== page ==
- What they were exposed to as a child
The list goes on. All of these factor into the equation of a person’s access to privilege. I would argue that perhaps some of these factors are actually far more important to the outcome of life for an individual than the colour of their skin.
In other words, white privilege is real, but it is not nearly sufficient to explain the world around us.
Who has more privilege? Me, as a white man? Or Tiger Woods? LeBron James? Barack Obama? Oprah Winfrey? They have access to resources that far outweigh anything I might be able to accrue because of my whiteness. And you know what? Good for them! That’s fine with me, because I’m not a victim. I’ve been dealt the hand God gave me, and I will not covet the one he gave someone else. Every person has a unique set of circumstances they are born into, some of which are advantageous, and others disadvantageous. It has always been, in my mind, a healthy perspective for someone to not allow themselves to be controlled by their circumstances, but resolve to work with what they have to live a worthy life for God and others.
Lastly, I reject the idea that my privilege, whatever level it may be, is inherently bad. Terms matter, and what the world calls privilege the Bible calls blessings. This absolutely, positively, does not mean that being white is a blessing. That’s a disgusting way to think. But what it means is that in whatever way God has granted me a smooth path in life, for it I am grateful.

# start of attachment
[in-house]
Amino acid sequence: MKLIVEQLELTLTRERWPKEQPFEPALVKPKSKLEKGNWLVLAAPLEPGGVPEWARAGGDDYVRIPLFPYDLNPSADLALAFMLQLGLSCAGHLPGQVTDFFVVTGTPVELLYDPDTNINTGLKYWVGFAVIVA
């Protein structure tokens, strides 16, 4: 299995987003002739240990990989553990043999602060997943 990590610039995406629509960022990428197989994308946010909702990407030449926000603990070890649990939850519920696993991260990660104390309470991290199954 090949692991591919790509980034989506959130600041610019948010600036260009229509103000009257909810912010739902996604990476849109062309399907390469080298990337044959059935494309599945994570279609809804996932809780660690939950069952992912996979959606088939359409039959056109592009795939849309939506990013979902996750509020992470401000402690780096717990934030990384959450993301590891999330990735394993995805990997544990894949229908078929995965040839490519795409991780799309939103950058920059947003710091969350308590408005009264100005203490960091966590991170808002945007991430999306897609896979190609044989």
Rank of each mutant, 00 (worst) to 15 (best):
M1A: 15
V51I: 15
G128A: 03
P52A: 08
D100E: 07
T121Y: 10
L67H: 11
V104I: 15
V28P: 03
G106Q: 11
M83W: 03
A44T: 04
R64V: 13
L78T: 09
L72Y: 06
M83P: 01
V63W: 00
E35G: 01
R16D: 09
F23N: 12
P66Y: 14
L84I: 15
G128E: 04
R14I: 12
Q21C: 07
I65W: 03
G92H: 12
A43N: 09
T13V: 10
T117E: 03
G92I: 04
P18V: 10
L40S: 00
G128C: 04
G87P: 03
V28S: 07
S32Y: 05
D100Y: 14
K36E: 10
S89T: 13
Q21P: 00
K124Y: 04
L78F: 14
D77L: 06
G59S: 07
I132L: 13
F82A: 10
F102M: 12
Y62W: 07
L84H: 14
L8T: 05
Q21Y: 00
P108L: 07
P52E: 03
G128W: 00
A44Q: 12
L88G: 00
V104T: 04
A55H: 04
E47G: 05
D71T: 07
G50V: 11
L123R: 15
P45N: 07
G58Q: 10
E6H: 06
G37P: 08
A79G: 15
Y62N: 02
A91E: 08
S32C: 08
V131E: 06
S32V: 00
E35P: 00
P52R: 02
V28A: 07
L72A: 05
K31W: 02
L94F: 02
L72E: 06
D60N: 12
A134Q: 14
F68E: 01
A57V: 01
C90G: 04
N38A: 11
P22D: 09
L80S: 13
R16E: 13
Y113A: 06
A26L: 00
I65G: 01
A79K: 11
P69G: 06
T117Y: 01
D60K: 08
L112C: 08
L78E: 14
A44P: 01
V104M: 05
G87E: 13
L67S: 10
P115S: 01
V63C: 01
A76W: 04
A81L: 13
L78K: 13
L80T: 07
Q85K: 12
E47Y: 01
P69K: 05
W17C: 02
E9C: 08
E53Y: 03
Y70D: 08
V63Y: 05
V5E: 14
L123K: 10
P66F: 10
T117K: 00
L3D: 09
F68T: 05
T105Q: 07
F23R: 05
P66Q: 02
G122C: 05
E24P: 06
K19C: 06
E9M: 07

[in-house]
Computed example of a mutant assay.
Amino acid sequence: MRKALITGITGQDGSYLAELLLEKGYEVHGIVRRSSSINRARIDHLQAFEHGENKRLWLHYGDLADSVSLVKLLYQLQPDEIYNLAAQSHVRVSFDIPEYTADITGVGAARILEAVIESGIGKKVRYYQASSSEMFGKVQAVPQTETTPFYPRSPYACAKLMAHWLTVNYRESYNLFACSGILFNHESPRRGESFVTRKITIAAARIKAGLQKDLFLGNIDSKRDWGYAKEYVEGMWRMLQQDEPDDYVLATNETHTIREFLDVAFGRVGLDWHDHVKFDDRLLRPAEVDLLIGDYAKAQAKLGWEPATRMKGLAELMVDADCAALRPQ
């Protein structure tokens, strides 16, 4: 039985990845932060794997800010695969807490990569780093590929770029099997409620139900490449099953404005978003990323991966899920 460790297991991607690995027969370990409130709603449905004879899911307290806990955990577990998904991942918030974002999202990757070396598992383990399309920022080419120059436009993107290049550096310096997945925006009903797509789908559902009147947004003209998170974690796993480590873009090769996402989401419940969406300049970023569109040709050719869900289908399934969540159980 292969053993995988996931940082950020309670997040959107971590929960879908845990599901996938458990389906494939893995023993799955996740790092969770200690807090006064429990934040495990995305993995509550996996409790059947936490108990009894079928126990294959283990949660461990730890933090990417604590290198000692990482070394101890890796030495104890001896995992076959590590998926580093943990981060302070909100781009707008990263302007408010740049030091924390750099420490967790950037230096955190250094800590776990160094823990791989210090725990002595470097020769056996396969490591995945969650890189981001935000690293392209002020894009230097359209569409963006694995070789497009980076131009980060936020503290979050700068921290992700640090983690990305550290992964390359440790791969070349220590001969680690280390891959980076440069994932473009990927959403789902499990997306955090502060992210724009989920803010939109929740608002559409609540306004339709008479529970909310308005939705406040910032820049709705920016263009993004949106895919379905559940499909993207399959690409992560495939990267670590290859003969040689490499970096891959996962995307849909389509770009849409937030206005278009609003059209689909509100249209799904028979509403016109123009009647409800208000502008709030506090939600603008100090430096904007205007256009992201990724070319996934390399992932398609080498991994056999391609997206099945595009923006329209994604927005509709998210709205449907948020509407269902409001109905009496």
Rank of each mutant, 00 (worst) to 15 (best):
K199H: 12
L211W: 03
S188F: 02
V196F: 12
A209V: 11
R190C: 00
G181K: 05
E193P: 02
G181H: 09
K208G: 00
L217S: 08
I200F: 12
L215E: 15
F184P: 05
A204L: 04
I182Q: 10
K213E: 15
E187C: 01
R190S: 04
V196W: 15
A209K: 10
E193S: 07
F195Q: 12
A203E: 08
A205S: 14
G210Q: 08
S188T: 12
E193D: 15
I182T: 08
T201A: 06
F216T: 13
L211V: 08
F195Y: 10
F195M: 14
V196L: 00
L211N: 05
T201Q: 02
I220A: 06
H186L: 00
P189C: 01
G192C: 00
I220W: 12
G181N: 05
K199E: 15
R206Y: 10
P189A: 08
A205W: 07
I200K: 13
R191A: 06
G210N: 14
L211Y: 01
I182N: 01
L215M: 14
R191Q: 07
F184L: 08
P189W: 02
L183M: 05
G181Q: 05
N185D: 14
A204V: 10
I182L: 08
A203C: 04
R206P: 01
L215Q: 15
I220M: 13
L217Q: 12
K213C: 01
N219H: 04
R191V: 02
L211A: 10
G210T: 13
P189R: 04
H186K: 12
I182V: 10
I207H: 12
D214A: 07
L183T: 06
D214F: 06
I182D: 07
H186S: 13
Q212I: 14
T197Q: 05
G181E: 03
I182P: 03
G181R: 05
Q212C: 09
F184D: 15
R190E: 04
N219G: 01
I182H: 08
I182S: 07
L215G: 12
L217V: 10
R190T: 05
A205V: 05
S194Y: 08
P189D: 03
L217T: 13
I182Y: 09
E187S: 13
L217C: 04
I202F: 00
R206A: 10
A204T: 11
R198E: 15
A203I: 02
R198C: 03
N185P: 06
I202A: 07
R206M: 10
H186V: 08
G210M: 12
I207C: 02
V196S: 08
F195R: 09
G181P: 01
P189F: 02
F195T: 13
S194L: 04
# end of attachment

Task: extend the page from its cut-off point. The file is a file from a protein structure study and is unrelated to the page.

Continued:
I can for certain say that by far the most meaningful way God has blessed me is with incredible, hard working parents who taught me about God. This is a privilege that not all others have had, and I wish it were different. Yet I will give thanks for the blessings God has given me, and the challenges, while aiming to use the resources God has given me to make something of my life. This is what privilege is all about. If you have something to be thankful for, give thanks. If you have plentiful resources, give back. If you have challenges to overcome, persevere. But using white privilege as the dominant way to understand the world is a line of thinking that is based on coveting, ingratitude, and just plain ignorance of the facts. Reality is always much more complex than any broad-brush can cover.
Let me circle back to the quote at the beginning. It said “White privilege is an absence of the consequences of racism. An absence of structural discrimination, an absence of your race being viewed as a problem first and foremost.” It appears we are just turning the tables around. White people are now structurally discriminated against, because we are seen as inherently racist whether we recognize it or not. On top of that, our whiteness is seen as a problem first and foremost. There is a term for it when people are categorized wholesale simply because of their skin colour: it’s called racism. The inevitable outcome of the white privilege narrative is just racism in a new form. We are simply replacing one racist ideology with another.
I propose that we submit ourselves to Scripture. God’s Word cuts through all the clutter and makes things clear. We are to do unto others as we would want them to do to us. It’s really that simple. We get into problems when we start to create new categories and put people into boxes. All of this springs from the concept of equity, the idea that all people deserve equal outcomes, a line of thinking born in Marxism and adopted by popular thought. That will be the topic of my next post.